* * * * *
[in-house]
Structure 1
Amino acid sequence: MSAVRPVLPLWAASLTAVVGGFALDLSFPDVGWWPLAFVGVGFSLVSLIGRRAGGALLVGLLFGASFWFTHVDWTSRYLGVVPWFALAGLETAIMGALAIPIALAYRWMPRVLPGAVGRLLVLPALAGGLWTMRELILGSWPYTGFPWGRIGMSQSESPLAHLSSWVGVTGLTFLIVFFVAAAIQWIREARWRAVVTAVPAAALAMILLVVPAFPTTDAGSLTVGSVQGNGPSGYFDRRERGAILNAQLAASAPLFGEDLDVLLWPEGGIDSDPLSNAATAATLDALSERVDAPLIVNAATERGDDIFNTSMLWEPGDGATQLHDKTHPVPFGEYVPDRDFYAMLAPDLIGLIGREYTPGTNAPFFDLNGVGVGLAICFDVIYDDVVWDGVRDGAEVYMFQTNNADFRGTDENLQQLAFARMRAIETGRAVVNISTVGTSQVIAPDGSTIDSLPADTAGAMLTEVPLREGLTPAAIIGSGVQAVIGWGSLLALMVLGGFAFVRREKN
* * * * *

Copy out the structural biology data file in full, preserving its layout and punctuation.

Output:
[in-house]
Structure 1
Amino acid sequence: MSAVRPVLPLWAASLTAVVGGFALDLSFPDVGWWPLAFVGVGFSLVSLIGRRAGGALLVGLLFGASFWFTHVDWTSRYLGVVPWFALAGLETAIMGALAIPIALAYRWMPRVLPGAVGRLLVLPALAGGLWTMRELILGSWPYTGFPWGRIGMSQSESPLAHLSSWVGVTGLTFLIVFFVAAAIQWIREARWRAVVTAVPAAALAMILLVVPAFPTTDAGSLTVGSVQGNGPSGYFDRRERGAILNAQLAASAPLFGEDLDVLLWPEGGIDSDPLSNAATAATLDALSERVDAPLIVNAATERGDDIFNTSMLWEPGDGATQLHDKTHPVPFGEYVPDRDFYAMLAPDLIGLIGREYTPGTNAPFFDLNGVGVGLAICFDVIYDDVVWDGVRDGAEVYMFQTNNADFRGTDENLQQLAFARMRAIETGRAVVNISTVGTSQVIAPDGSTIDSLPADTAGAMLTEVPLREGLTPAAIIGSGVQAVIGWGSLLALMVLGGFAFVRREKN